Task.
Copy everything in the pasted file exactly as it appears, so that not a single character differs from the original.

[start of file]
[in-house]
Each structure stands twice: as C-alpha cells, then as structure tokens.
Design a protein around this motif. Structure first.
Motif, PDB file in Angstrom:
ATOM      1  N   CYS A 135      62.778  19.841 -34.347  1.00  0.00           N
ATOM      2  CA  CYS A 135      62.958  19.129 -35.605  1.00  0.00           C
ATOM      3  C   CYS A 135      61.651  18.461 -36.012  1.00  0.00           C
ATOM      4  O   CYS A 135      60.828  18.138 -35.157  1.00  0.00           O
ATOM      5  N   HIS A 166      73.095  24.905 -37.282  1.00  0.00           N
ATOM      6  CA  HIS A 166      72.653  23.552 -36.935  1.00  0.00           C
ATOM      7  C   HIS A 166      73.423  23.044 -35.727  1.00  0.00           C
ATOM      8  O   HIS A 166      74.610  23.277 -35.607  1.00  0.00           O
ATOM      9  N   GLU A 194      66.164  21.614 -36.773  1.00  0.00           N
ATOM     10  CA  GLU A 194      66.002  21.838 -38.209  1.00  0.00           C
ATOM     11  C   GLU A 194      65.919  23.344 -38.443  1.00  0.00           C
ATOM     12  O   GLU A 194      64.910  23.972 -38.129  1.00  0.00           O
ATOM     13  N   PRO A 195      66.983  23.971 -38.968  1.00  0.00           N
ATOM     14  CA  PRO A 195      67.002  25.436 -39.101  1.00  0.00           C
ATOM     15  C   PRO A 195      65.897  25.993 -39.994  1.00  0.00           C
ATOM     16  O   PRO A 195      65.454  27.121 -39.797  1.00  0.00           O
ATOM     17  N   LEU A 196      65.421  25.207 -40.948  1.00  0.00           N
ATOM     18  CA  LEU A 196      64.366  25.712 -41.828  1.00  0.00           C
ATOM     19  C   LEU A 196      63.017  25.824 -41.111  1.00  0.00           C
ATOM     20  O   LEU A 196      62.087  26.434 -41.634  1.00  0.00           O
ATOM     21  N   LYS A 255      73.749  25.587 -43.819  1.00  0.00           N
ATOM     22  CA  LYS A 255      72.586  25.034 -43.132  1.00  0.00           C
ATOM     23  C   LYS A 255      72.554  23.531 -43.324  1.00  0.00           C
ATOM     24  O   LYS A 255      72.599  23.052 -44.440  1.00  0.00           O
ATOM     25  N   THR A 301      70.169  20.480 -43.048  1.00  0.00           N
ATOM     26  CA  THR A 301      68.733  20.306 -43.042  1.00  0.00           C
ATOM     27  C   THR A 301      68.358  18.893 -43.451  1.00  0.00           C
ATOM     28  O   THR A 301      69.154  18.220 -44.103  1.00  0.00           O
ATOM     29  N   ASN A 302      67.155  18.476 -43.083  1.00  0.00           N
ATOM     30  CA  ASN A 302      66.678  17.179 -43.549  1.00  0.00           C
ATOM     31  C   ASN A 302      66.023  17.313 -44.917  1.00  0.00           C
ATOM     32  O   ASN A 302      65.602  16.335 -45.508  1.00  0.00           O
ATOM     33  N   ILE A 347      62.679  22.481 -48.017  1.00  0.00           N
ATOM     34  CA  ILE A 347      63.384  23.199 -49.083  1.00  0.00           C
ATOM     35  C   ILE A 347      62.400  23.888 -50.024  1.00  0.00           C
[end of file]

[in-house]
Each structure stands twice: as C-alpha cells, then as structure tokens.
Design a protein around this motif. Structure first.
Motif, PDB file in Angstrom:
ATOM      1  N   CYS A 135      62.778  19.841 -34.347  1.00  0.00           N
ATOM      2  CA  CYS A 135      62.958  19.129 -35.605  1.00  0.00           C
ATOM      3  C   CYS A 135      61.651  18.461 -36.012  1.00  0.00           C
ATOM      4  O   CYS A 135      60.828  18.138 -35.157  1.00  0.00           O
ATOM      5  N   HIS A 166      73.095  24.905 -37.282  1.00  0.00           N
ATOM      6  CA  HIS A 166      72.653  23.552 -36.935  1.00  0.00           C
ATOM      7  C   HIS A 166      73.423  23.044 -35.727  1.00  0.00           C
ATOM      8  O   HIS A 166      74.610  23.277 -35.607  1.00  0.00           O
ATOM      9  N   GLU A 194      66.164  21.614 -36.773  1.00  0.00           N
ATOM     10  CA  GLU A 194      66.002  21.838 -38.209  1.00  0.00           C
ATOM     11  C   GLU A 194      65.919  23.344 -38.443  1.00  0.00           C
ATOM     12  O   GLU A 194      64.910  23.972 -38.129  1.00  0.00           O
ATOM     13  N   PRO A 195      66.983  23.971 -38.968  1.00  0.00           N
ATOM     14  CA  PRO A 195      67.002  25.436 -39.101  1.00  0.00           C
ATOM     15  C   PRO A 195      65.897  25.993 -39.994  1.00  0.00           C
ATOM     16  O   PRO A 195      65.454  27.121 -39.797  1.00  0.00           O
ATOM     17  N   LEU A 196      65.421  25.207 -40.948  1.00  0.00           N
ATOM     18  CA  LEU A 196      64.366  25.712 -41.828  1.00  0.00           C
ATOM     19  C   LEU A 196      63.017  25.824 -41.111  1.00  0.00           C
ATOM     20  O   LEU A 196      62.087  26.434 -41.634  1.00  0.00           O
ATOM     21  N   LYS A 255      73.749  25.587 -43.819  1.00  0.00           N
ATOM     22  CA  LYS A 255      72.586  25.034 -43.132  1.00  0.00           C
ATOM     23  C   LYS A 255      72.554  23.531 -43.324  1.00  0.00           C
ATOM     24  O   LYS A 255      72.599  23.052 -44.440  1.00  0.00           O
ATOM     25  N   THR A 301      70.169  20.480 -43.048  1.00  0.00           N
ATOM     26  CA  THR A 301      68.733  20.306 -43.042  1.00  0.00           C
ATOM     27  C   THR A 301      68.358  18.893 -43.451  1.00  0.00           C
ATOM     28  O   THR A 301      69.154  18.220 -44.103  1.00  0.00           O
ATOM     29  N   ASN A 302      67.155  18.476 -43.083  1.00  0.00           N
ATOM     30  CA  ASN A 302      66.678  17.179 -43.549  1.00  0.00           C
ATOM     31  C   ASN A 302      66.023  17.313 -44.917  1.00  0.00           C
ATOM     32  O   ASN A 302      65.602  16.335 -45.508  1.00  0.00           O
ATOM     33  N   ILE A 347      62.679  22.481 -48.017  1.00  0.00           N
ATOM     34  CA  ILE A 347      63.384  23.199 -49.083  1.00  0.00           C
ATOM     35  C   ILE A 347      62.400  23.888 -50.024  1.00  0.00           C